Middle East

Russians dead in 'battle' in Syria's east

Syriac Orthodox Patriarch of Antioch, Ignatius Aphrem II, holds mass at the heavily damaged Syriac Orthodox church of St. Mary in Syria's eastern city of Deir Ezzor on February 3, 2018. / AFP / Ayham al-Mohammad

MOSCOW: Russian nationals died last week in eastern Syria, where a U.S.-led coalition bombed pro-regime fighters to fend off an attack on its local allies, groups representing them said Monday.

Vladimir Loginov, a 52-year-old from Russia's western Kaliningrad region "died in an unequal battle in the area of Syria's Deir al-Zor," according to a statement by the Baltic Cossack Union in Kaliningrad.

The statement said Loginov was "heroically defending our Motherland in its far reaches from crazy savages" when he was killed on Feb. 7.

The local Cossack ataman (leader) Maksim Buga told AFP that Loginov had been a sapper working in Syria as a volunteer with other Cossacks since late last year.

Buga could not explain the exact circumstances of the "battle," but it happened the same day the U.S.-led coalition killed at least 100 regime and allied fighters in Deir al-Zor province, after positions held by the Kurdish-led Syrian Democratic Forces were attacked by pro-regime fighters.

At the time of the attack, the Russian defense ministry said "there are no Russian servicemen in Deir al-Zor".

However, many Russian citizens are fighting in Syria as mercenaries working for a private military company called Wagner, according to numerous reports.

Another Russian, Kirill Ananyev, was also killed in Syria on Feb. 7, the nationalist Other Russia organization said on its VK social networking page.

Ananyev was killed "in battle on the Euphrates near the Syrian town Khsham," the group said.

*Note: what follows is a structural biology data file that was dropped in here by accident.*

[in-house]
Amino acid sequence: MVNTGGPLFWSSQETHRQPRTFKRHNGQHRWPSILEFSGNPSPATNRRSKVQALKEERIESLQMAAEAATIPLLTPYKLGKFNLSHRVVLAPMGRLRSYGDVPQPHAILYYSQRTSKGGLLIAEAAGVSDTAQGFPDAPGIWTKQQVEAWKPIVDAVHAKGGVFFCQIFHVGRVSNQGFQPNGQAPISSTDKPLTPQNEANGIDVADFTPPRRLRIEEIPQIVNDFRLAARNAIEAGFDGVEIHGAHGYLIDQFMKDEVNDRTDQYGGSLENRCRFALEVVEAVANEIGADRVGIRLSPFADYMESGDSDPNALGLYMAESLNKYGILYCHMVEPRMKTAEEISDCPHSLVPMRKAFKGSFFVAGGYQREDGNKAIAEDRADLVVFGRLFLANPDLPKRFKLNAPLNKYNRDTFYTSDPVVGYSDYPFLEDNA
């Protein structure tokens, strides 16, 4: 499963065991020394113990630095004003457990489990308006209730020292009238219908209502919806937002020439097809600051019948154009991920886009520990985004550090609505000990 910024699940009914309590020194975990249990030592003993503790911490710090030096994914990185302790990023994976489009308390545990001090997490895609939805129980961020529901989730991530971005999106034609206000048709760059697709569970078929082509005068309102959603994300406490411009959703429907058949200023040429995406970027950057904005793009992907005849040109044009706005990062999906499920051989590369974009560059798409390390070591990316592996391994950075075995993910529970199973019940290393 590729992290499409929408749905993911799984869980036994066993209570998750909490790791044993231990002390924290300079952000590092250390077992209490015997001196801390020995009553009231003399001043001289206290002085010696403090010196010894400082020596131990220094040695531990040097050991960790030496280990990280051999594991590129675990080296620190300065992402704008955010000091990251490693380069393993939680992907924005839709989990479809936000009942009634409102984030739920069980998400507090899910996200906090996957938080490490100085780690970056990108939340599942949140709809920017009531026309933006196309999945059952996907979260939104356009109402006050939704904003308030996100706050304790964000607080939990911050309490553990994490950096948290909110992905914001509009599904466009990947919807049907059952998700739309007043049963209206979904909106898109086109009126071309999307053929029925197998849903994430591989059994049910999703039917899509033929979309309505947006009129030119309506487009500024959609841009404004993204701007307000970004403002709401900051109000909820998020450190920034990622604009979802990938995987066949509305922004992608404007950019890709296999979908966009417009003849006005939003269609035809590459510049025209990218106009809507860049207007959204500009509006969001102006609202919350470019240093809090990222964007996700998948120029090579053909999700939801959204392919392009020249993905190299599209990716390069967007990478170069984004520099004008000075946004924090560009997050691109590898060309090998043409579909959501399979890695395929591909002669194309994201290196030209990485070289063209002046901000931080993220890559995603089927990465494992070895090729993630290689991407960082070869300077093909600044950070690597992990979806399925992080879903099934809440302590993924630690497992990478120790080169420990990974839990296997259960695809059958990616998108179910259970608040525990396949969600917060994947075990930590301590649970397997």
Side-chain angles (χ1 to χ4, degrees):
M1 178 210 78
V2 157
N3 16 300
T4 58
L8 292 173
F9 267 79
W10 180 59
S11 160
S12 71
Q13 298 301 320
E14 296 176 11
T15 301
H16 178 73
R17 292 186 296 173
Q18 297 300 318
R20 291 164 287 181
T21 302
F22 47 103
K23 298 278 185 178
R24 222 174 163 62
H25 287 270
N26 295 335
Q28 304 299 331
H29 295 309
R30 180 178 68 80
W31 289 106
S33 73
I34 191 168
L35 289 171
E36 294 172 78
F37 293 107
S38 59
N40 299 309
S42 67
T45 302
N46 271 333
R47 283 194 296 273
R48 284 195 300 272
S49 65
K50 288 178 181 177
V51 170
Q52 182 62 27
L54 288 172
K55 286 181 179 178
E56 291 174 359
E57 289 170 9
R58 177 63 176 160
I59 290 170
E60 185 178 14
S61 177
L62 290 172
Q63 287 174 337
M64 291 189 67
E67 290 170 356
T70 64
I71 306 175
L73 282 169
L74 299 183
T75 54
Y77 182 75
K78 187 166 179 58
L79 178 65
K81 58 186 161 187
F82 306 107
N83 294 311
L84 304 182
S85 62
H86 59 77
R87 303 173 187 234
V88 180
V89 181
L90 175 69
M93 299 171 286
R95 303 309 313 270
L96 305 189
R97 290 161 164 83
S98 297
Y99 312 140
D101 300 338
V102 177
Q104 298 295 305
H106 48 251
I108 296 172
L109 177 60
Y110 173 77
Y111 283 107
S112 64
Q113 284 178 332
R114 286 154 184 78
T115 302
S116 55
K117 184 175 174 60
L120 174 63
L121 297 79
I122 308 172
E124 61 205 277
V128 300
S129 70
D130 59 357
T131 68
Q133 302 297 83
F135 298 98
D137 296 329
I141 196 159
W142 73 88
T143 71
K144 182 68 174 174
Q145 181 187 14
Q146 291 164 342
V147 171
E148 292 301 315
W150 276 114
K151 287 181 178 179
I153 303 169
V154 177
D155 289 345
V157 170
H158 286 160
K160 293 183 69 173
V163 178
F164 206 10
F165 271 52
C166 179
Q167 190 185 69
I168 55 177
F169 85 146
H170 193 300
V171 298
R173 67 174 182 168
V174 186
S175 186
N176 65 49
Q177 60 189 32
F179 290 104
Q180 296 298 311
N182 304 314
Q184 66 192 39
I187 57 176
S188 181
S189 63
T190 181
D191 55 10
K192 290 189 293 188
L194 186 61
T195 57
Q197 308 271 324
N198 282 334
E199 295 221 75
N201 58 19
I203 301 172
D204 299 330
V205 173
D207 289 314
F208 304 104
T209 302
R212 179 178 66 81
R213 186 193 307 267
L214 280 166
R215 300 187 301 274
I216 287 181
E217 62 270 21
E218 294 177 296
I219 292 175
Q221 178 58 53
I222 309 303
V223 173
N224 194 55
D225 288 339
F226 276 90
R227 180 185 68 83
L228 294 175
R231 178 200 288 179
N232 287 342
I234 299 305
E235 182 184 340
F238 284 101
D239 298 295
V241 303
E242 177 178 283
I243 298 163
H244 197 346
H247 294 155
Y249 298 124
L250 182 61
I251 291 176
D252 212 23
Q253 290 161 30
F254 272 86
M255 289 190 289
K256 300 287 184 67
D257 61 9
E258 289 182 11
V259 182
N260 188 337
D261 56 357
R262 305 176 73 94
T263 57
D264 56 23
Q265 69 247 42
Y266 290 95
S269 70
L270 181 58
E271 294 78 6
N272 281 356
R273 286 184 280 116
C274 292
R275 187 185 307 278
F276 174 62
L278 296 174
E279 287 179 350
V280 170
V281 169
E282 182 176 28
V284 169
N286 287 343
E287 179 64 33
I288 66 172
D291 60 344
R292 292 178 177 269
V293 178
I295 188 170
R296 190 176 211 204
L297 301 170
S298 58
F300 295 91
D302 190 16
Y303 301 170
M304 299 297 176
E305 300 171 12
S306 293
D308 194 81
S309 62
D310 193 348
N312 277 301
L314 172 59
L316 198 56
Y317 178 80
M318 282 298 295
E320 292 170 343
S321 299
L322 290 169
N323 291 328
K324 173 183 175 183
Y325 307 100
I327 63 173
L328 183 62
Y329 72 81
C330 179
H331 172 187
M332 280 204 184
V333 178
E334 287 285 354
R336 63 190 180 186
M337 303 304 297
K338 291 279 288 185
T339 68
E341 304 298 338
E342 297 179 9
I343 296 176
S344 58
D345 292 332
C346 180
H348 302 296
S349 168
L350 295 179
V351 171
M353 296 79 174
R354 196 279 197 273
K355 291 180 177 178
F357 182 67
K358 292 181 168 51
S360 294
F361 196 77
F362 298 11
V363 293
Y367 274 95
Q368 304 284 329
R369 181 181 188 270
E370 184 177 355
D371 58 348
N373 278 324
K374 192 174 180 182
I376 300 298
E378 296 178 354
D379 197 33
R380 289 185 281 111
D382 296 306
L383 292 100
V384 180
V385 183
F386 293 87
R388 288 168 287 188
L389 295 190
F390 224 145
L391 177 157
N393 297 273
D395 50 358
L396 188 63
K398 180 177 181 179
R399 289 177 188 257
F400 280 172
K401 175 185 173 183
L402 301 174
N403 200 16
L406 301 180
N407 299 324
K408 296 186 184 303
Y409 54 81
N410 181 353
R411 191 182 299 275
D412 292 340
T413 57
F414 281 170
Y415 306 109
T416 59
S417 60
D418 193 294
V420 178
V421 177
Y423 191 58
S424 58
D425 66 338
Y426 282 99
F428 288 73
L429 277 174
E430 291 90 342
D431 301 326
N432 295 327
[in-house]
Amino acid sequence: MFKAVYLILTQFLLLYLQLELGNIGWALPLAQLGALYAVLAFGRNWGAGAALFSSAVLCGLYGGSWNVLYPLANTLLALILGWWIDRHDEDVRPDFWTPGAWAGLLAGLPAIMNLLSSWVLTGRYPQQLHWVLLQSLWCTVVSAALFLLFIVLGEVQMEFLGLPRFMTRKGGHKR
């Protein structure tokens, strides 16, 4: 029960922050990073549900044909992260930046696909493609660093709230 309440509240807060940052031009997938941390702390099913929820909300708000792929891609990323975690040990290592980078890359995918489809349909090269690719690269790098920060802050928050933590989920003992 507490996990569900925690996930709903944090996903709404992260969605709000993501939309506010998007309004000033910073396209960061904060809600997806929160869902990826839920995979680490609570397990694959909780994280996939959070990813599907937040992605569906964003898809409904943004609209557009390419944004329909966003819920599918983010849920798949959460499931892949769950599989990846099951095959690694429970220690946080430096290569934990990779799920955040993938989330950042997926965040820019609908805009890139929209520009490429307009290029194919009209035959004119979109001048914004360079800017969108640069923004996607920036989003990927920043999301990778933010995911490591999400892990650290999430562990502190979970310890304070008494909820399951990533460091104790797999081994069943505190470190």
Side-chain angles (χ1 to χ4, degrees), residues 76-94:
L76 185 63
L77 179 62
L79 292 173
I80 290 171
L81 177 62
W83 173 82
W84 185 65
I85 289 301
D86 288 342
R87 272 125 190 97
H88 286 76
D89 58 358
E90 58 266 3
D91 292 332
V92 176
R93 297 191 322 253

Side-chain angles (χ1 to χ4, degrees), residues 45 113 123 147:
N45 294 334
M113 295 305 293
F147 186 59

Buga said he "cannot say" whether Loginov fought for Wagner, though he said he "probably received payments" for his "volunteer" involvement.

"Our Cossacks are there as part of a volunteer group," he told AFP.

Cossacks are a paramilitary pro-Russian association dating back to tsarist times.

In October, two Russian citizens were captured by the Daesh (ISIS) group, their respective paramilitary associations said. A brother of one of the men said he was in Syria with Wagner.

Their fate is unknown.

Conflict Intelligence Team, which monitors social networks for information about Russians in Syria, said at least three other Russians also died in Deir al-Zor on Feb. 7.

Russian liberal presidential candidate Grigory Yavlinsky Monday called on President Vladimir Putin to explain why many Russians appear to have died in clashes last week.

"If massive Russian casualties took place, then relevant officials ... must announce this to the country and find out who is responsible," Yavlinsky, who is running on the ticket of the opposition Yabloko party in the March polls, wrote on Facebook.

"I demand to explain why Russian citizens are participating in ground operations in Syria despite declarations by the president and defense minister about the pullout of troops from this country," he wrote.

The Russian military has fought a campaign for over two years in Syria, launched in September 2015 in support of Syrian President Bashar Assad, helping to turn around the multi-front war.

Putin said in December that Moscow's military brief in the Syrian conflict has been largely completed and ordered a partial pullout of the country's troops.





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